Seventy- THREE… Eighty-ONE, Eighty-TWO, Eighty-THREE…). When joining one more cube to a pile, the child may realize that the new amount is the next number in the count sequence.

***Mathematical Practices 1 and 6 should be evident in EVERY lesson***

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MGSEK.CC.1 Count to 100 by ones and by tens.

This standard calls for students to rote count by starting at one and count to 100. When students count by tens they are only expected to master counting on the decade (0, 10, 20,

30, 40 …). This objective does not require recognition of numerals. It is focused on the rote number sequence.

MGSEK.CC.2 Count forward beginning from a given number within the known sequence

(instead of having to begin at 1).

This standard includes numbers 0 to 100. This asks for students to begin a rote forward counting sequence from a number other than 1. Thus, given the number 4, the student would count, “4, 5, 6 …” This objective does not require recognition of numerals. It is focused on the rote number sequence.

MGSEK.CC.3 Write numbers from 0 to 20. Represent a number of objects with a written numeral 0-20 (with 0 representing a count of no objects).

This standard addresses the writing of numbers and using the written numerals (0-20) to describe the amount of a set of objects. Due to varied development of fine motor and visual development, a reversal of numerals is anticipated for a majority of the students.

While reversals should be pointed out to students, the emphasis is on the use of numerals to represent quantities rather than the correct handwriting formation of the actual numeral itself.

In addition, the standard asks for students to represent a set of objects with a written numeral. The number of objects being recorded should not be greater than 20. Students can record the quantity of a set by selecting a number card or tile (numeral recognition) or writing the numeral. Students can also create a set of objects based on the numeral presented.


Students use numbers, including written numerals, to represent quantities and to solve quantitative problems, such as counting objects in a set; counting out a given number of objects and comparing sets or numerals.


Understand the relationship between numbers and quantities; connect counting to cardinality.

This standard asks students to count a set of objects and see sets and numerals in relationship to one another, rather than as isolated numbers or sets. These connections are higher-level skills that require students to analyze, to reason about, and to explain relationships between numbers and sets of objects. This standard should first be addressed using numbers 1-5 with teachers building to the numbers 1-10 later in the year.

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The expectation is that students are comfortable with these skills with the numbers 1-10 by the end of Kindergarten.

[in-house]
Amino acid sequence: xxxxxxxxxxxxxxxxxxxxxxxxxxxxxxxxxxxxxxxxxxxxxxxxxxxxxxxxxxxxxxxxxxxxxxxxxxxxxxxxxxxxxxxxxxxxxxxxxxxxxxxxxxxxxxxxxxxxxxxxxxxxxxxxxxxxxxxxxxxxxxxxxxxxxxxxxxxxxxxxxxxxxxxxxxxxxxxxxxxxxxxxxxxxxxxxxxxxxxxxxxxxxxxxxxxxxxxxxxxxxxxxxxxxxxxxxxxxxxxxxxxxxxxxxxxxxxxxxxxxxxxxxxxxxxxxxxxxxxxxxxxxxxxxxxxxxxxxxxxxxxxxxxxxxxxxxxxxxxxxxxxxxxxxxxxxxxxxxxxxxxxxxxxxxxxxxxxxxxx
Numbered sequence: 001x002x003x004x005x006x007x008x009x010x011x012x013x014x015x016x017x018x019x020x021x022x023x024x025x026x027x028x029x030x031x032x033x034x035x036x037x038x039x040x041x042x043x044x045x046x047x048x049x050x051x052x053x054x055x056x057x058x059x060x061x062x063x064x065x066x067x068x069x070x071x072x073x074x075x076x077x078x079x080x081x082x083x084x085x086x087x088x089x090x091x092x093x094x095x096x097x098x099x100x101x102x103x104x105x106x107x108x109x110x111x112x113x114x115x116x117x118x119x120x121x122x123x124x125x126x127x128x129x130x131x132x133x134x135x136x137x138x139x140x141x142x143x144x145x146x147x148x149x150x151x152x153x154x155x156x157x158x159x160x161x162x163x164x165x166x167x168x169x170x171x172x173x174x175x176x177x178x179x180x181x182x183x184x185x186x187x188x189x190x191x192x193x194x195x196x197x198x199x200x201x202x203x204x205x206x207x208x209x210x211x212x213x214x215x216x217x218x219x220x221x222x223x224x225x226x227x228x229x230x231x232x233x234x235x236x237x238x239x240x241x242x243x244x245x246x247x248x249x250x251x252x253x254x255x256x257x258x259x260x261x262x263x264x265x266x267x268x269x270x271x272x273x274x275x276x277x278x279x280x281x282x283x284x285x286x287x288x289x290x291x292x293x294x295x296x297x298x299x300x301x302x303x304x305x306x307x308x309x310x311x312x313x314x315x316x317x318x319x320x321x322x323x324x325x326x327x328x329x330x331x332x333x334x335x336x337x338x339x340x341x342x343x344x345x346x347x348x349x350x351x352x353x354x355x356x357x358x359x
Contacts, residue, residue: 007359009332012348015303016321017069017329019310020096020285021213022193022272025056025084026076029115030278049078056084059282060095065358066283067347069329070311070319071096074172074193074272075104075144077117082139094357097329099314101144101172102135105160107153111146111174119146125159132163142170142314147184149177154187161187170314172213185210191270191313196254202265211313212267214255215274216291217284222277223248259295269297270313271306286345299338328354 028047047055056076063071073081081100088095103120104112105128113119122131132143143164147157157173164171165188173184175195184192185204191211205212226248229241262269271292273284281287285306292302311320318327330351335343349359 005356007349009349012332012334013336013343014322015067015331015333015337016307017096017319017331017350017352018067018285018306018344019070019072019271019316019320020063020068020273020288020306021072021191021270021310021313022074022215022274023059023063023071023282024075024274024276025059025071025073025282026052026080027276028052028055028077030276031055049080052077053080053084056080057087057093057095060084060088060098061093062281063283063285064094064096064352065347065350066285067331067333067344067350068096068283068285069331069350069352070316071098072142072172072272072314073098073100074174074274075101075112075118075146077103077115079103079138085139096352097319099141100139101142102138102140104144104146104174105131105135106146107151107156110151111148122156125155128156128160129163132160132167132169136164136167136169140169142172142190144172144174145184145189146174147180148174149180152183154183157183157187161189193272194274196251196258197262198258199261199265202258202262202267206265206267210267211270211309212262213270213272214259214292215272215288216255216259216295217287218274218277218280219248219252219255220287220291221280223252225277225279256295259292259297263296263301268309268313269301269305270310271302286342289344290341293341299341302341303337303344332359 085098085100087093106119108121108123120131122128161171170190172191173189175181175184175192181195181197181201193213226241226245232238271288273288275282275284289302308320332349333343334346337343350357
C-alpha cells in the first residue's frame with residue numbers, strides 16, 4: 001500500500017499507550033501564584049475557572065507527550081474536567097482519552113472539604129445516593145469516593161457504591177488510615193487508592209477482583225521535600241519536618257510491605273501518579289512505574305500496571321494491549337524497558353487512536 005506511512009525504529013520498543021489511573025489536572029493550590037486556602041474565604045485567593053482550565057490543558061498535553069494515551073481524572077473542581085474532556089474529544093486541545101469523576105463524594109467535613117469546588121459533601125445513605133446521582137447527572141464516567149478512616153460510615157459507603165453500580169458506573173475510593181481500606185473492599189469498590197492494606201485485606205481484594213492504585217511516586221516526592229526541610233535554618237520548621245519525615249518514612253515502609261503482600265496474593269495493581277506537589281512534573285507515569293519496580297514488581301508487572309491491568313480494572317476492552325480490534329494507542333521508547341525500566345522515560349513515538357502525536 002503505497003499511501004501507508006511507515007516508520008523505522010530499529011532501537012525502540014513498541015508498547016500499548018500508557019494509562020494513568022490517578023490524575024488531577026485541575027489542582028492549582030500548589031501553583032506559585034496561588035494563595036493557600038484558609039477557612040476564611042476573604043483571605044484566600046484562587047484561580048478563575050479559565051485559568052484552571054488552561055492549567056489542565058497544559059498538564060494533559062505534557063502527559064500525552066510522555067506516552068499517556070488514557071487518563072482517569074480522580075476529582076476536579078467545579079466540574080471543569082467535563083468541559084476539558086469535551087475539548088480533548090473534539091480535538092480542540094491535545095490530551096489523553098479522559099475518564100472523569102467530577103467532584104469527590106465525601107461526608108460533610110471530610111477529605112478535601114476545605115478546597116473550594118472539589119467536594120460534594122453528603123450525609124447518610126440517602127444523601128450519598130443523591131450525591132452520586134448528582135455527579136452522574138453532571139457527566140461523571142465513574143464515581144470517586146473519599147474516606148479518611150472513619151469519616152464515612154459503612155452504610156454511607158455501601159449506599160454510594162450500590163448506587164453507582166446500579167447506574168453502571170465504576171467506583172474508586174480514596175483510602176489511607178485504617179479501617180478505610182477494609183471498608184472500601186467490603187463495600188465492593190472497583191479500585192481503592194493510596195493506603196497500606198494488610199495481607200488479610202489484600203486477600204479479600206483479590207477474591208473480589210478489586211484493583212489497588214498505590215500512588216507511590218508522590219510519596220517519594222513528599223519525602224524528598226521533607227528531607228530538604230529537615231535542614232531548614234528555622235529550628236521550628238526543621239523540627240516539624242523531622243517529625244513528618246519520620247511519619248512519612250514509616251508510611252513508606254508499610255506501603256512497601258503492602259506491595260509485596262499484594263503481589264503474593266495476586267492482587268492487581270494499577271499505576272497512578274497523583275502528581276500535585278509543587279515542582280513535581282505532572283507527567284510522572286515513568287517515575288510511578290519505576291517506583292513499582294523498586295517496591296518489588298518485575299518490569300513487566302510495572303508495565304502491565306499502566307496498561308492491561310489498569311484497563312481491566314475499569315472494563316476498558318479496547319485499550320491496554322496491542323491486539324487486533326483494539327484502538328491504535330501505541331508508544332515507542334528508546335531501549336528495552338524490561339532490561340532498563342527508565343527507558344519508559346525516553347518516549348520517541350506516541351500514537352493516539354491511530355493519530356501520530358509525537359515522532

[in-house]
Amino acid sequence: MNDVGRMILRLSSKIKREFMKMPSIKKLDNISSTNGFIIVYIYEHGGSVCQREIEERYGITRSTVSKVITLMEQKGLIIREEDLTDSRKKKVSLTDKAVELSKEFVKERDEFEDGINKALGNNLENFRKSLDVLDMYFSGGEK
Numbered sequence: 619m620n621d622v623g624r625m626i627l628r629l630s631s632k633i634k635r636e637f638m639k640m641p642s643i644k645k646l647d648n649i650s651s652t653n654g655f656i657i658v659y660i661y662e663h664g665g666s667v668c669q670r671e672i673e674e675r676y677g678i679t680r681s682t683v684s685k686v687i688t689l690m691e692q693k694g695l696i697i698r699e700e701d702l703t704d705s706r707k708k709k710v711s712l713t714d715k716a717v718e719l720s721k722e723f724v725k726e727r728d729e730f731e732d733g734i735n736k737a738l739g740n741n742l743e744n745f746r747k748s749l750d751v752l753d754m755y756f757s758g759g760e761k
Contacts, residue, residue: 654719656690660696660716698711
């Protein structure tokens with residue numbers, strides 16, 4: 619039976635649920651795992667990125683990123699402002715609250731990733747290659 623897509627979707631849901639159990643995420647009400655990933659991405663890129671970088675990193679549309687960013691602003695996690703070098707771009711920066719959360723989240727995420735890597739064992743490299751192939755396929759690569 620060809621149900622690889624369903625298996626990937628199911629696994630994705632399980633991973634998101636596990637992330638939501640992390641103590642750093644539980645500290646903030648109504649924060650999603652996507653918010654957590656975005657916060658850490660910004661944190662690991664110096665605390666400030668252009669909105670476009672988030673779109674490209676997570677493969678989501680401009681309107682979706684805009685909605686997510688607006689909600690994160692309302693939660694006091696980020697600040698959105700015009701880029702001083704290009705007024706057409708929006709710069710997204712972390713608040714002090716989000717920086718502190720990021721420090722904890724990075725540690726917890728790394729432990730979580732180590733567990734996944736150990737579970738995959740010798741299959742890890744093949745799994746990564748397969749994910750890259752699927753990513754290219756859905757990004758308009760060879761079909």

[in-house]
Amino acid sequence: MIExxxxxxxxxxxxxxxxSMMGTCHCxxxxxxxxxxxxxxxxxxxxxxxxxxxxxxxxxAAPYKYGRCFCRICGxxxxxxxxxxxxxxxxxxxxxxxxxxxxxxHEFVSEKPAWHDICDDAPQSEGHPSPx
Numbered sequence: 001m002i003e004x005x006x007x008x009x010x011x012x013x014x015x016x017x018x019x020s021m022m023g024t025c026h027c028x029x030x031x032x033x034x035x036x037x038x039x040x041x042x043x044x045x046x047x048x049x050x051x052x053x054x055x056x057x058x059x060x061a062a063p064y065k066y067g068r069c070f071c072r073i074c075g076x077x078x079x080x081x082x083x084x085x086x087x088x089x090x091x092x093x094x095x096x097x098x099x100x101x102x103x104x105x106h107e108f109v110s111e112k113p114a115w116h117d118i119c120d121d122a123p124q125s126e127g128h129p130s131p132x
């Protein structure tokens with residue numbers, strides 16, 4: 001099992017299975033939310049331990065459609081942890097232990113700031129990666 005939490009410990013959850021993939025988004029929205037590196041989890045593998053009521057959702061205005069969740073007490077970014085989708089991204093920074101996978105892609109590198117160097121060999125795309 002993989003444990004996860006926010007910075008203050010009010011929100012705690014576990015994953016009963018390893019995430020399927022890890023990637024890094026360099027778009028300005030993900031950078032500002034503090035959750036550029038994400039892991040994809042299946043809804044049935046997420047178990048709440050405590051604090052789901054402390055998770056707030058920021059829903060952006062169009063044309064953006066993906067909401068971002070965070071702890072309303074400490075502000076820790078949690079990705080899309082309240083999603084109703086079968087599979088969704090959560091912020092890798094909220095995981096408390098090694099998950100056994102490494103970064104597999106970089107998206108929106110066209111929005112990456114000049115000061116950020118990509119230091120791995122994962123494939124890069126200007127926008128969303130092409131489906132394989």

a. When counting objects, say the number names in the standard order, pairing each object with one and only one number name and each number name with one and only one object.

(one-to-one correspondence)

This standard reflects the ideas that students implement correct counting procedures by pointing to one object at a time (one-to-one correspondence) using one counting word for every object (one-to-one tagging/synchrony), while keeping track of objects that have and have not been counted. This is the foundation of counting.

b. Understand that the last number name said tells the number of objects counted.

The number of objects is the same regardless of their arrangement or the order in which they were counted.


This standard calls for students to answer the question “How many are there?” by counting objects in a set and understanding that the last number stated when counting a set (…8, 9, 10) represents the total amount of objects: “There are 10 bears in this pile”

(cardinality). It also requires students to understand that the same set counted three different times will end up being the same amount each time. Thus, a purpose of keeping track of objects is developed. Therefore, a student who moves each object as it is counted recognizes that there is a need to keep track in order to figure out the amount of objects present. While it appears that this standard calls for students to have conservation of number, (regardless of the arrangement of objects, the quantity remains the same), conservation of number is a developmental milestone of which some Kindergarten children will not have mastered. The goal of this objective is for students to be able to count a set of objects; regardless of the formation those objects are placed.

c. Understand that each successive number name refers to a quantity that is one larger.

This standard represents the concept of “one more” while counting a set of objects.

Students are to make the connection that if a set of objects was increased by one more object then the number name for that set is to be increased by one as well. Students are asked to understand this concept with and without objects. For example, after counting a set of 8 objects, students should be able to answer the question, “How many would there be if we added one more object?”; and answer a similar question when not using objects, by asking hypothetically, “What if we have 5 cubes and added one more. How many cubes would there be then?” This concept should be first taught with numbers 1-5 before building to numbers 1-10. Students are expected to be comfortable with this skill with numbers to 10 by the end of Kindergarten.